As with French fashion. Gallic software has always been just that little bit more smartly presented than our home-grown stuff. However, whilst their releases often border on the weird and lose out on playability, our French chums nevertheless Know how to breathe new life into a tired format. North And South was a perfect example of this, and now Infogrames have come up with the goods in this revamp of tennis.
Ordinarily, there isn't a lot you can do with the sport itself, but as Sensible Software showed in their 3D incarnation for Palace, simply mirroring the number of shots in the real sport can make for a very good simulation. Thus, by adding some neat animation touches to the odd-looking players, Infogrames have created two gangly competitors who make up in terms of flexibility what they lose in general aesthetics. The court is viewed in the customary third-person perspective from behind the nearest player, and as the ball is played from side-to-side, the screen scrolls to follow its movement. Despite sounding a rather cumbersome system, this adds an almost film-like quality to the proceedings, and, as the screen frantically follows the ball during long-lasting rallies, the scrolling remains perfectly smooth.
These rallies are where Advantage Tennis succeeds over its rivals. In the past, companies have shied away from the fast-paced aspect of the game and, although Palace's. UBI Soft's and Loriciels' games have been adequately playable, it isn't until you've experienced net play in the Infogrames game that you realise the true potential of binary tennis. Another major benefit the game boasts is an instinctive control system, with the player plotting their shots almost perfectly using incredibly simple joystick controls. These allow the player to respond to their opponent's high lobs or sneaky net shots quickly and with pin-point accuracy. In addition, the typically comprehensive Infogrames' option panel also allows you to add particular shots to your capabilities (smashes, through the legs, etc.) as well as tinkering with the many parameters within the game.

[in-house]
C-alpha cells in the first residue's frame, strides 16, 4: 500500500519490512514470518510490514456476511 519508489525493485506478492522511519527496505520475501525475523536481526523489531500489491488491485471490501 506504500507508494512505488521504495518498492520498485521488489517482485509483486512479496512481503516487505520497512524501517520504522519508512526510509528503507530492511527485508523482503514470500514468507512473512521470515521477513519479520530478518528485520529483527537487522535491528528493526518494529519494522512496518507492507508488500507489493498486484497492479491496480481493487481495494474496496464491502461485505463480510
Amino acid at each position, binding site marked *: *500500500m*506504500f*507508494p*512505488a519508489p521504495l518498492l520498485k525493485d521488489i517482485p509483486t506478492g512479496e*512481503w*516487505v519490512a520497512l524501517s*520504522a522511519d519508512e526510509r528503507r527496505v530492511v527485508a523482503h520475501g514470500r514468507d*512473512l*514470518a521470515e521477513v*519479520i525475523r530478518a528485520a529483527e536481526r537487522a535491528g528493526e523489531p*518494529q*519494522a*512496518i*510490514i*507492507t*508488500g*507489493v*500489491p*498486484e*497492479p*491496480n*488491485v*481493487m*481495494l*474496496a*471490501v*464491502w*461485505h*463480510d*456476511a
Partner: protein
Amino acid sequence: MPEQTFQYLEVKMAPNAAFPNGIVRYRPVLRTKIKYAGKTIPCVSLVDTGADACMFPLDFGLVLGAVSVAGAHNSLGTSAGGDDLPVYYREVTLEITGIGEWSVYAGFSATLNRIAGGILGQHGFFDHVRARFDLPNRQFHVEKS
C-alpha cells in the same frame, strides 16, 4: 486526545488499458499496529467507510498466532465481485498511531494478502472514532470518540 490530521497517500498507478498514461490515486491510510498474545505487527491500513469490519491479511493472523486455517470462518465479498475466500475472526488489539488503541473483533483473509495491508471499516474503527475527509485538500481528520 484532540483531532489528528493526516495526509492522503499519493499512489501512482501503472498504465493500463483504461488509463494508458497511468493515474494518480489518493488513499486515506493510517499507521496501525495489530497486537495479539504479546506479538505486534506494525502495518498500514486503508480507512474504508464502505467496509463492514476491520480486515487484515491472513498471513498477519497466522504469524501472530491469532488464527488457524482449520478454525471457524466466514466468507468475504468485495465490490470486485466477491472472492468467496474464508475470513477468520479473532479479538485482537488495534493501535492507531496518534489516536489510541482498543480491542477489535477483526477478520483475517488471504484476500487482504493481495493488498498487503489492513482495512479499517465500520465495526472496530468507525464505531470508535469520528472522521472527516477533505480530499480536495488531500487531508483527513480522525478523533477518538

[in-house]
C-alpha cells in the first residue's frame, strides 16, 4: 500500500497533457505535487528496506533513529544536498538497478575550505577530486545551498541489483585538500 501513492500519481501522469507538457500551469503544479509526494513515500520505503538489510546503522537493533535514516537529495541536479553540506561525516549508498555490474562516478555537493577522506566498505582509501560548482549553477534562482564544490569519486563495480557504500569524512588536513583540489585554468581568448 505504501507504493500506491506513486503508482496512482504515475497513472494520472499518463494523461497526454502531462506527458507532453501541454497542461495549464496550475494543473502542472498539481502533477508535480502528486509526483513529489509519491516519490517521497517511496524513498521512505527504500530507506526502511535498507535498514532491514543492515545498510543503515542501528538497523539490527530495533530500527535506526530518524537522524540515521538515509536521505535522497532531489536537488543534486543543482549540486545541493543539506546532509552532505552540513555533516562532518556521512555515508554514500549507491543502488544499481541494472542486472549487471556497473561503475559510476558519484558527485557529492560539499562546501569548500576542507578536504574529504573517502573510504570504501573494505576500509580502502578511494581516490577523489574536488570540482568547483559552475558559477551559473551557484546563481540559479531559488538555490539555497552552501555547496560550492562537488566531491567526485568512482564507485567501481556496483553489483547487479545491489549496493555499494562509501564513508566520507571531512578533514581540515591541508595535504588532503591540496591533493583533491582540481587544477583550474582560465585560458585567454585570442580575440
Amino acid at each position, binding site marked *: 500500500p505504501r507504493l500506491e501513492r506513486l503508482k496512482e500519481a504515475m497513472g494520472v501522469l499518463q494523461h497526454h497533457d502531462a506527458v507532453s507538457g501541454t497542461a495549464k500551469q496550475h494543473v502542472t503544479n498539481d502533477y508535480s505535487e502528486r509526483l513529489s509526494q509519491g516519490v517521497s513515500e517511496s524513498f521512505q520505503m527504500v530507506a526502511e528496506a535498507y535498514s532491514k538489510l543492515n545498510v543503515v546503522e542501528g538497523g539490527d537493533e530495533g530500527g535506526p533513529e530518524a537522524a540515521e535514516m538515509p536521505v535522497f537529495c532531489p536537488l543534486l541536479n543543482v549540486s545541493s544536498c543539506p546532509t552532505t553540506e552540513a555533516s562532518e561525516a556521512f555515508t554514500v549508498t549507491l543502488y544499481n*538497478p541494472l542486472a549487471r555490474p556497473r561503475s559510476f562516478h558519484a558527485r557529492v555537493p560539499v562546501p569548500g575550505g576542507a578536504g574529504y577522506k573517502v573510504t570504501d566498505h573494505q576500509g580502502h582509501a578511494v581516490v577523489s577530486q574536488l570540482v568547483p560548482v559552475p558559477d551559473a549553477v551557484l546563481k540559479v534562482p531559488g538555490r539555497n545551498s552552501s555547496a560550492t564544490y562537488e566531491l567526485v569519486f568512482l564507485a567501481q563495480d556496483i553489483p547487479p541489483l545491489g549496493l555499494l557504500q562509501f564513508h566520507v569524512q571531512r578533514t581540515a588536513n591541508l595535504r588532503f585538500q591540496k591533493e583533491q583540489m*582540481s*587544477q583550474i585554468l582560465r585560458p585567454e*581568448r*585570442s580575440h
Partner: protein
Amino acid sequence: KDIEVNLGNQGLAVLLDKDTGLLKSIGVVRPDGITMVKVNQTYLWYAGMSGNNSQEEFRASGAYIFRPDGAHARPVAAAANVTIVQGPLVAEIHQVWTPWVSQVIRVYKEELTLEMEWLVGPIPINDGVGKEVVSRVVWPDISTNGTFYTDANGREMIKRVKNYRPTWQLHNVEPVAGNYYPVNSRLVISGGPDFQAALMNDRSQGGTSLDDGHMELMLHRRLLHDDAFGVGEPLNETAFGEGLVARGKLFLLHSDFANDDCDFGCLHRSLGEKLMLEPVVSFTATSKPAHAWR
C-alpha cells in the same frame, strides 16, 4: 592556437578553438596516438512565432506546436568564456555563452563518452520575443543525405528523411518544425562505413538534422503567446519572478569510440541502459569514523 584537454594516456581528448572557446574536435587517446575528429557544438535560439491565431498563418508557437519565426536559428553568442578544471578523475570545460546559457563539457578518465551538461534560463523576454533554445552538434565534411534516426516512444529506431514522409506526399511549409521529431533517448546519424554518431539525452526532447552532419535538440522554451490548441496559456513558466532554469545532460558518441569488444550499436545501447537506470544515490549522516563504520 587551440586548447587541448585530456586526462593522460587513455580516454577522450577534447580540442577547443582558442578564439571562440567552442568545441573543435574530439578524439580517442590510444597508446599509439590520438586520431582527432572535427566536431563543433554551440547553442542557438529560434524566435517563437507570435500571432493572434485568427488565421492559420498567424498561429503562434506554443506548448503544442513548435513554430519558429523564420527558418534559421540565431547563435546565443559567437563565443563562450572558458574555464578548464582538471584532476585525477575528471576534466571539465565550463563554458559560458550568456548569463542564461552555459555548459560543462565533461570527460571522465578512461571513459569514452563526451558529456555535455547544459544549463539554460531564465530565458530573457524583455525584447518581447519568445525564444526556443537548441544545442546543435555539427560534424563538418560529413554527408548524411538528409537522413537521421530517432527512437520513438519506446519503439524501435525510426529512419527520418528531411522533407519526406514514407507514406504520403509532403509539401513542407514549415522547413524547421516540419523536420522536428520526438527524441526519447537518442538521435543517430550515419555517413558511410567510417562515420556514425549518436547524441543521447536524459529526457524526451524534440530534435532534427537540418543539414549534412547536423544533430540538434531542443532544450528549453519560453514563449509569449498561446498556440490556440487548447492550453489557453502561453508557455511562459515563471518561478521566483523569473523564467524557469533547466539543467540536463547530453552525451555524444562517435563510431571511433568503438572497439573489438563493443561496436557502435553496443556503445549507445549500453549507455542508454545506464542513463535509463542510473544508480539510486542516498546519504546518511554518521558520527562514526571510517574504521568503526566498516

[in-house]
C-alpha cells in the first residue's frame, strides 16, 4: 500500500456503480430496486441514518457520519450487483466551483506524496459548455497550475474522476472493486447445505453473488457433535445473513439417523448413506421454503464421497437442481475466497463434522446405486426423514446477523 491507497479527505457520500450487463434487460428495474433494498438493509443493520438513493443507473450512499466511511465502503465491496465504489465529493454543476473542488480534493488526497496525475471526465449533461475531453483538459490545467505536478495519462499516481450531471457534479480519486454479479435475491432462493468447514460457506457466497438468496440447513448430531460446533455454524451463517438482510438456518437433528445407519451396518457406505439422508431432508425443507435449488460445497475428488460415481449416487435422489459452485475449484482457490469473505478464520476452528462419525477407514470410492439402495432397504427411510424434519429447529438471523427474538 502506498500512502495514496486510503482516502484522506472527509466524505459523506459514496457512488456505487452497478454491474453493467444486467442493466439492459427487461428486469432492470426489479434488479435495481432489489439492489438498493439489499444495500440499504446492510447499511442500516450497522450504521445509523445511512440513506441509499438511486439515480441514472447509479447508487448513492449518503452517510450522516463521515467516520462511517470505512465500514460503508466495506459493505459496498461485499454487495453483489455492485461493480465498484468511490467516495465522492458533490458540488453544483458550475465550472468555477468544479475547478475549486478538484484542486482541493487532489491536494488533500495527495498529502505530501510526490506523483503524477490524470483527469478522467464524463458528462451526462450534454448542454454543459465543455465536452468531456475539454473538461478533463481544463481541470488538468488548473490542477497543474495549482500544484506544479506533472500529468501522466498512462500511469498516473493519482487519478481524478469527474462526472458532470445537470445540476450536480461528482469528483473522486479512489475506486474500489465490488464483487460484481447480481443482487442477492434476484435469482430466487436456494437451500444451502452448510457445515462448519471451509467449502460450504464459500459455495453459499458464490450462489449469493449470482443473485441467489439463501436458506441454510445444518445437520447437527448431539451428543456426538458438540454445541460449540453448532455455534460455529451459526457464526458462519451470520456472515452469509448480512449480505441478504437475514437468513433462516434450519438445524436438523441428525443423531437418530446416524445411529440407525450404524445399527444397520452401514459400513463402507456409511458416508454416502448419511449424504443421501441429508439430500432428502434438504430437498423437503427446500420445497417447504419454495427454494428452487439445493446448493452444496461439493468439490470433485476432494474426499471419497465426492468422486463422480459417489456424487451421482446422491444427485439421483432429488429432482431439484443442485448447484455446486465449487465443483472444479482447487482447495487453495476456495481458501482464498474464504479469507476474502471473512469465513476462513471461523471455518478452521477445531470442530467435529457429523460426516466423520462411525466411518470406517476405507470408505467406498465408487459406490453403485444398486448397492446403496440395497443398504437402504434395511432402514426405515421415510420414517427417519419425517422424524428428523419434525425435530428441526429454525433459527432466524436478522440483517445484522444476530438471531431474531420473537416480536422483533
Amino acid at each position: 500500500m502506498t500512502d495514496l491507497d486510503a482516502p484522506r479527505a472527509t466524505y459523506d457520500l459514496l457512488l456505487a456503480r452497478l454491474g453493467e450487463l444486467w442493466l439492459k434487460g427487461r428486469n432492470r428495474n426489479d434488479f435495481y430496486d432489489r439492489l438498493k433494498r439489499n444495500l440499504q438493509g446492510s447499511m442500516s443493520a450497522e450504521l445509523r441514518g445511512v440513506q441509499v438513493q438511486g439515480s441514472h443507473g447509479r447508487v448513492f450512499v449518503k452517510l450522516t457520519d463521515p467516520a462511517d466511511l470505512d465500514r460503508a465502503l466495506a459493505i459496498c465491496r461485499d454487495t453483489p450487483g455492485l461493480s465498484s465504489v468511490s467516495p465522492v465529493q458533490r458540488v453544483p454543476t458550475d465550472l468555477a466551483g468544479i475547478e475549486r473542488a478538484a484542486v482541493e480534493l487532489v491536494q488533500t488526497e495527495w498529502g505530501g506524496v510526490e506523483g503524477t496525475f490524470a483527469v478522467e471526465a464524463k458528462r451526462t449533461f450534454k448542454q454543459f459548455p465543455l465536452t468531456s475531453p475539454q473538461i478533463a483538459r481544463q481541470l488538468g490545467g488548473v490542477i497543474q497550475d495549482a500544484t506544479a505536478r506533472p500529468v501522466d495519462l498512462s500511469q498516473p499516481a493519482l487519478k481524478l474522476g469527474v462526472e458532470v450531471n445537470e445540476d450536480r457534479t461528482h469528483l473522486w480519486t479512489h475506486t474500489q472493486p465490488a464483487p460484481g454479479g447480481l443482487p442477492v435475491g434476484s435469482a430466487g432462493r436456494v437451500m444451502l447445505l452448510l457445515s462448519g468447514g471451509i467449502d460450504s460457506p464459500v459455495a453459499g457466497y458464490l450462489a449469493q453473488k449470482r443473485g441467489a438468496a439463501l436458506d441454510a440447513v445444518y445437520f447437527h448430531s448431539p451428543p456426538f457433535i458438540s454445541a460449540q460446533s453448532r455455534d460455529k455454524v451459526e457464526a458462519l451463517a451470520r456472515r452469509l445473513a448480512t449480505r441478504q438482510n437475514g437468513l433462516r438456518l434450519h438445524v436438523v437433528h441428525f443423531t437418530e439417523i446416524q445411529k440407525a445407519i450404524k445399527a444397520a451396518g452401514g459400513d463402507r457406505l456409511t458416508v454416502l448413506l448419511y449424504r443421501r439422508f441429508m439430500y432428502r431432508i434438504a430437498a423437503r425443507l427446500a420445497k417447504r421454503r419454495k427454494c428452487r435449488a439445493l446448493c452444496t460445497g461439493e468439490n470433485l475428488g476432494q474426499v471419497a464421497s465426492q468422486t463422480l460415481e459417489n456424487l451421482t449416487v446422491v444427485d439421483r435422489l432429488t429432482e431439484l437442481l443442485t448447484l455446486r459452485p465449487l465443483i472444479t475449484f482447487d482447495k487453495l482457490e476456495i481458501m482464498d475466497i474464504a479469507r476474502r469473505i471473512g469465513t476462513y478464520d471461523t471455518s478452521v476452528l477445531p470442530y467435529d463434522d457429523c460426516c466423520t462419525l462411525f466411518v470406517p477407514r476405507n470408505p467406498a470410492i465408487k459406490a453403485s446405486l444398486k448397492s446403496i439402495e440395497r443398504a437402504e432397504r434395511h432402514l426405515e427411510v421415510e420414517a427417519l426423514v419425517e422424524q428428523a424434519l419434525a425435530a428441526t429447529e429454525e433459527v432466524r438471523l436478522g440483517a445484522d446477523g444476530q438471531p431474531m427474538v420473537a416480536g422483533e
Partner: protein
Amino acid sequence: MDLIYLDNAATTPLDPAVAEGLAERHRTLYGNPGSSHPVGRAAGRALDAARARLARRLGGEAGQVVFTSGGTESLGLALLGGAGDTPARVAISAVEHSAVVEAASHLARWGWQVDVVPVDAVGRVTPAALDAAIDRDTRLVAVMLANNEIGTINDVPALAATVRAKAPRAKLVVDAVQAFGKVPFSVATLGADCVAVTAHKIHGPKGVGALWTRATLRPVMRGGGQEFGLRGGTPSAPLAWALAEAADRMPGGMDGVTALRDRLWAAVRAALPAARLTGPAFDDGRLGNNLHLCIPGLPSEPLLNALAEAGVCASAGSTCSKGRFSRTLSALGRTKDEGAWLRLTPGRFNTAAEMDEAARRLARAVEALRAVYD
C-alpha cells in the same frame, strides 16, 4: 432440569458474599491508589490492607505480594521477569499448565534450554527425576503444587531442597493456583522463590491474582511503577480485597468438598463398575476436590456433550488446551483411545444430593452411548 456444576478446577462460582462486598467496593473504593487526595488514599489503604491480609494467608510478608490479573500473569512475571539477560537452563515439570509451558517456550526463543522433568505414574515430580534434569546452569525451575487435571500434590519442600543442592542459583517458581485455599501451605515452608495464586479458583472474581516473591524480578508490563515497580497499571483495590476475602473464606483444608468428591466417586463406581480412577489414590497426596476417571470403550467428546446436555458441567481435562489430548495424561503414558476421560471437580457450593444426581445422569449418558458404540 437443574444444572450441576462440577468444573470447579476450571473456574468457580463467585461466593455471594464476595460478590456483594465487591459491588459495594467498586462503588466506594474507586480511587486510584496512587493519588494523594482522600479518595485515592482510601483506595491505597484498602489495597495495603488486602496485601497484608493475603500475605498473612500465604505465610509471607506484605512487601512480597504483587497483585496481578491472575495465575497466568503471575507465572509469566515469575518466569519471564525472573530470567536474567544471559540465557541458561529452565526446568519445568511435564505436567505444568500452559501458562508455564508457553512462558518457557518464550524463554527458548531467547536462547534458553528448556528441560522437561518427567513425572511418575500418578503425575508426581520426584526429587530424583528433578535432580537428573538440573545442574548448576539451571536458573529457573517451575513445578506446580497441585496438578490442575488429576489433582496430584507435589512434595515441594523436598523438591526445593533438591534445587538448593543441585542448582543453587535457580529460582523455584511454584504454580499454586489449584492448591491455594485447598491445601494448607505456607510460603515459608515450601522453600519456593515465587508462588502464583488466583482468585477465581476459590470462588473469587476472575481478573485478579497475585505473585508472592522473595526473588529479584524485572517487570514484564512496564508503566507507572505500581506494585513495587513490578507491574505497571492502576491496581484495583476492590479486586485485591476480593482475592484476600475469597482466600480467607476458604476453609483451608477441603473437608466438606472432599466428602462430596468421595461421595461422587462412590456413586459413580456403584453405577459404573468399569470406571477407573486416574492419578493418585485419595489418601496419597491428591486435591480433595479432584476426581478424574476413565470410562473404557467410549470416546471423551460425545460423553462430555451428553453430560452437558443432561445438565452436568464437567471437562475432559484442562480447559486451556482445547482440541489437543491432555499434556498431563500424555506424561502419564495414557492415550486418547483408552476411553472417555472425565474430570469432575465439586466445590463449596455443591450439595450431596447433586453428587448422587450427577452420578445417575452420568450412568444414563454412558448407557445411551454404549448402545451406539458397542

Apart from the obvious limitations of the sport itself, Advantage Tennis is a near-faultless rendition of the popular sport. By looking at previous tennis games. Infogrames have taken and added to the graphical style of Palace s game creating dubious-looking but thoroughly controllable players who bob, twist mid-jump, and even stomp on their racquets after a duff shot. Additionally, though, they have completely ignored the playing systems favoured by others in the sub-genre, and their method is far more user-friendly - not to mention accurate and responsive - than any I have encountered before. I have always been a fan of the Tennis genre, and up until now always considered UBI's Pro Tennis Tour and the Palace game as the best on offer. With their innovative Advantage Tennis, though. Infogrames have lobbed those out of the court and are seeded number one as far as I am concerned.
NEW BALLS, PLEASE
From its refined beginnings as a sport for the Gentry, Tennis has evolved into a fast-paced business, far removed from its delicate origins. Gone are the long flowing dresses favoured by the ladies, replaced by short skirts for minimum hindrance, and similarly the pleated trousers have given way to shorts and cycling shorts. Tennis is now given over almost entirely to speed and agility, with new racquets created for optimum shot strength and players given specific training for weaknesses and limitations. In addition, top-seeded players now won't cross the road for the meagre £100 Fred Perry slogged for, with prize money now regularly exceeding half-a-million pounds.
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